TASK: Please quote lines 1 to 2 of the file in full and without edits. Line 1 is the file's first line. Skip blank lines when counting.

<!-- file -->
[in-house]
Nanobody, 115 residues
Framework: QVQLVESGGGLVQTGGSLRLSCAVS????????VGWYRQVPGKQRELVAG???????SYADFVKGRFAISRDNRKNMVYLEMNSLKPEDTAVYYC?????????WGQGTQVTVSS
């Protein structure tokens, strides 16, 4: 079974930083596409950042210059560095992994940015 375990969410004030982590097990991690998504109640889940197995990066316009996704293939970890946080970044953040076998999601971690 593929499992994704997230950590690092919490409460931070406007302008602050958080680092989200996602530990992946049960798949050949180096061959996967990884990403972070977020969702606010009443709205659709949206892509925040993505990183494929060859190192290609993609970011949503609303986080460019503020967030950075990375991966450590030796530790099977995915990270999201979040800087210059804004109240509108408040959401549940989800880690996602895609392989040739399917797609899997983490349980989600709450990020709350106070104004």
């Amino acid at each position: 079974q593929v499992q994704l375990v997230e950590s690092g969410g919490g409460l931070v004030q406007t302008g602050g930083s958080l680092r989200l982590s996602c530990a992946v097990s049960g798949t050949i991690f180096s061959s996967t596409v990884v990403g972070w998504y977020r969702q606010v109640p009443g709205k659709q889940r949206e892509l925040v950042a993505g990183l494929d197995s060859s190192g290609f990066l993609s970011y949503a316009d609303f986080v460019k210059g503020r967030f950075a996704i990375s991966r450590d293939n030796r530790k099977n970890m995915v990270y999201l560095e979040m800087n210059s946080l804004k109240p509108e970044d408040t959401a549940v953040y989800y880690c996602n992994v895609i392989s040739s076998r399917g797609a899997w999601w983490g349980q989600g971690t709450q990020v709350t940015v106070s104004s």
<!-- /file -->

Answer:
[in-house]
Nanobody, 115 residues